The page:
In a letter to the emergency services director, the county health director outlined the new policy. Information will be updated in the 911 system every day.

A COVID-19 flag will be placed next to the address, and that flag will expire 30 days after the positive test.

UPDATE 11:10 a.m.: There are 35 new positive cases of the coronavirus in Allegheny County, bringing the total to 325, the Allegheny County Health Department announced. Fifty-one people have been or are currently being hospitalized, and the number of deaths has remained at two.

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Here is a breakdown of cases by age group:

  • 0-4 years: 1
  • 5-12 years: 1
  • 13-18 years: 5
  • 19-24 years: 33
  • 25-49 years: 140
  • 50-64 years: 92
  • 65+ years: 53

Of the cases, 165 are female and 160 are male.

UPDATE 10:20 a.m.: The Pittsburgh Symphony Orchestra has cancelled concerts scheduled through May 21.

Officials said they are looking at all options through the summer for rescheduling concerts.

“We are all so disappointed not to be with everyone in person at Heinz Hall and out in the community, but we are no less committed to continuing to bring music to connect with each other and to support each other in the best way that we know how. We invite all to join us online for our musical initiative, Extraordinary Measures, and thank you for your continued patience, flexibility and support as we navigate these challenging times,” Melia Tourangeau, president and CEO of the Pittsburgh Symphony Orchestra, said.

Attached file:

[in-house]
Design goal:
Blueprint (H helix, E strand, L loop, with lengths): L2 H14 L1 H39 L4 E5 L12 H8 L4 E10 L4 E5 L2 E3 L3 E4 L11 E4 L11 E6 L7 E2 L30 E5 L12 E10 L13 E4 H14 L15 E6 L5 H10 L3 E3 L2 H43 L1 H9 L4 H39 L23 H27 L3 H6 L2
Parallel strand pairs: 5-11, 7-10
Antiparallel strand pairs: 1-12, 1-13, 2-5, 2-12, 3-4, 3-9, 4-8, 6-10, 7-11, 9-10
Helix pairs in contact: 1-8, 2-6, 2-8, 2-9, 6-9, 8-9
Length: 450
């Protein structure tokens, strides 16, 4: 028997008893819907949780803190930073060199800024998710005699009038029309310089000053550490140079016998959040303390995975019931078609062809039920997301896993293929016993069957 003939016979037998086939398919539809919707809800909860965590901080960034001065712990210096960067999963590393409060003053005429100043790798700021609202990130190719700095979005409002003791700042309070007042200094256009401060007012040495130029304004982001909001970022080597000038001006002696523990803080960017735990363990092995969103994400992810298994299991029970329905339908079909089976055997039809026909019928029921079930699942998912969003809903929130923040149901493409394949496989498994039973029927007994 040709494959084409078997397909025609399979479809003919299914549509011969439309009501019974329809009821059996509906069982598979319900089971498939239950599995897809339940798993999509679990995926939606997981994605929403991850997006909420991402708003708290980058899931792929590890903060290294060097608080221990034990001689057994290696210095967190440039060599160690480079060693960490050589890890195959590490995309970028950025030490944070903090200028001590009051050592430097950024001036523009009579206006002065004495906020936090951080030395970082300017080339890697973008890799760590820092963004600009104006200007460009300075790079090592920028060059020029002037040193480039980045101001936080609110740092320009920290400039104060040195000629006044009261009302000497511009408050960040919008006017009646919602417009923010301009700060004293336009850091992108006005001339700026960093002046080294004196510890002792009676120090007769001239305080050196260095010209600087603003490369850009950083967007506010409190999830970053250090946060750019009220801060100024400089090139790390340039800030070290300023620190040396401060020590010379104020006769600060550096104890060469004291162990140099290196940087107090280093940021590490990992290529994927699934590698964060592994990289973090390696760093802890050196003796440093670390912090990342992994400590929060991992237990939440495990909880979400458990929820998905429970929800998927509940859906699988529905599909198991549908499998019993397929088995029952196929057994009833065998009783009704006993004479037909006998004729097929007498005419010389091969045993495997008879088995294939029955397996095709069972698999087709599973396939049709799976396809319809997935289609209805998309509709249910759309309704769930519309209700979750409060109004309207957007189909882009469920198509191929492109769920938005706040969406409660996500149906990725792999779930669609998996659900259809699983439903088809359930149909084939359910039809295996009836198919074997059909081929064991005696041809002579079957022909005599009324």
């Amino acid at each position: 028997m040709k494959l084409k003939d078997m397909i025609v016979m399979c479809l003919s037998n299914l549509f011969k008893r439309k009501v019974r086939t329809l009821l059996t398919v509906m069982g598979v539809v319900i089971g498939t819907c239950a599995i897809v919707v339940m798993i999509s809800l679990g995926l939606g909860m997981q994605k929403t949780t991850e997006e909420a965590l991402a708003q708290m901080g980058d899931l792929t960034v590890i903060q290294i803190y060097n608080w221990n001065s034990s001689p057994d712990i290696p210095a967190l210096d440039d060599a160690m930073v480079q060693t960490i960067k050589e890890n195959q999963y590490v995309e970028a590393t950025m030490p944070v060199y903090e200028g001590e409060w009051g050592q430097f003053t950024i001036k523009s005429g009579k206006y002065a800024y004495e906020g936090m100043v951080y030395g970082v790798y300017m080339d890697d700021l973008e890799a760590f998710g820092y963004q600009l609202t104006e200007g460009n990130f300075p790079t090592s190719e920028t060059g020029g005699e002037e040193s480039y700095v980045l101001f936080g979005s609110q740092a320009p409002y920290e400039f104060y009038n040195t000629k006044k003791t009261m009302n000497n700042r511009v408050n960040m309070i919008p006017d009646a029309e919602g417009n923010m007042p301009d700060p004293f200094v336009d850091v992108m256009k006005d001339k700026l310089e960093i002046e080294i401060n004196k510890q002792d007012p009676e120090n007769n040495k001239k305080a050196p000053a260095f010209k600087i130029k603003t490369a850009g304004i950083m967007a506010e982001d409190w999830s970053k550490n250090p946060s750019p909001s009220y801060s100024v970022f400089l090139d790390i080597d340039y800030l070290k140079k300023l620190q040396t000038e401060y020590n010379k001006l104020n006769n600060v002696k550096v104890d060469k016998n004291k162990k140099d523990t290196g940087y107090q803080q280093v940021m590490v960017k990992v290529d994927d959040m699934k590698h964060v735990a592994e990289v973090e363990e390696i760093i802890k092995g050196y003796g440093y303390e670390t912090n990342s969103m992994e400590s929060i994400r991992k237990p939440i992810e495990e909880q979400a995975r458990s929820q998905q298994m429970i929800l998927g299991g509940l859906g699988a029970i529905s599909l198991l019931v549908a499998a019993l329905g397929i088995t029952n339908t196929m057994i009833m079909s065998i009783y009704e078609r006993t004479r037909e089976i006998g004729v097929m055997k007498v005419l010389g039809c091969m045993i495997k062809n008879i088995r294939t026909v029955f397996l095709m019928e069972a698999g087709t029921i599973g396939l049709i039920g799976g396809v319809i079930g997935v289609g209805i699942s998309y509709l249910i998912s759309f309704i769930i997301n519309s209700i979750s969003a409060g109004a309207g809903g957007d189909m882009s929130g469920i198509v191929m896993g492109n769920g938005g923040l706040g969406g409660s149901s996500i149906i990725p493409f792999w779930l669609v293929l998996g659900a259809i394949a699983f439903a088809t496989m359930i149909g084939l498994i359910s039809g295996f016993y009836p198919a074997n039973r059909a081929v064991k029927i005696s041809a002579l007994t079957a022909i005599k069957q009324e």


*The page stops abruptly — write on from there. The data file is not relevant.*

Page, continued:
The Extraordinary Measures initiative is a series of musical offerings presented throughout the orchestra’s website and social media channels.

UPDATE 10 a.m.: Pennsylvanians cannot be evicted from their homes during the COVID-19 state of emergency, Pennsylvania Attorney General Josh Shapiro is reassuring residents.

The Pennsylvania Supreme Court ordered courts closed to eviction proceedings, and the order applies to all Pennsylvania property owners, managers and landlords, as well as mortgage brokers and lenders.

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“With millions of Pennsylvanians following Governor Wolf’s direction to stay at home, it is critical that rental evictions cease for the duration of this emergency,” Shapiro said in a letter to landlords and mortgage lenders. “Hundreds of thousands of Pennsylvanians have lost wages and jobs during this crisis and we will need time for businesses to reopen and for our economy to come back when the emergency is lifted. Stable housing is part of the foundation we need as a Commonwealth to fully recover.”

Shapiro’s letter seeks to build on the Court’s order to suspend evictions for a period of time after the lifting of the COVID-19 state of emergency, a news release said.

UPDATE 8 a.m.: Making sure vulnerable babies safely get the milk they need during the coronavirus pandemic, the Mid-Atlantic Mothers’ Milk Bank in Pittsburgh is taking extra steps.

Helping babies in neonatal intensive care units, the milk bank is seeing more demand from the hospitals it serves for breast milk. That demand is anticipated to get bigger.

“We want to make sure that these parents and hospitals don’t have to fret about where their milk is coming from,” Denise O’Conner, the milk bank’s executive director, said.

While trying to deliver as much milk as it can to hospitals and NICUs in the four states it serves, the milk bank has added an extra day of processing to test, bottle and pasteurize the breast milk.

UPDATE 4:30 a.m.: The total number of confirmed cases of the coronavirus rose to 4,087 Monday, the same day Gov. Tom Wolf extended a stay-at-home order.

For counties under the stay-at-home order, it is now in effect until April 30.

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Wolf also announced schools across the state will stay closed until further notice.

Late Monday, President Donald Trump approved a major disaster declaration for Pennsylvania, which was requested by Wolf on Sunday. The order opens federal assistance for the state to supplement local recovery money.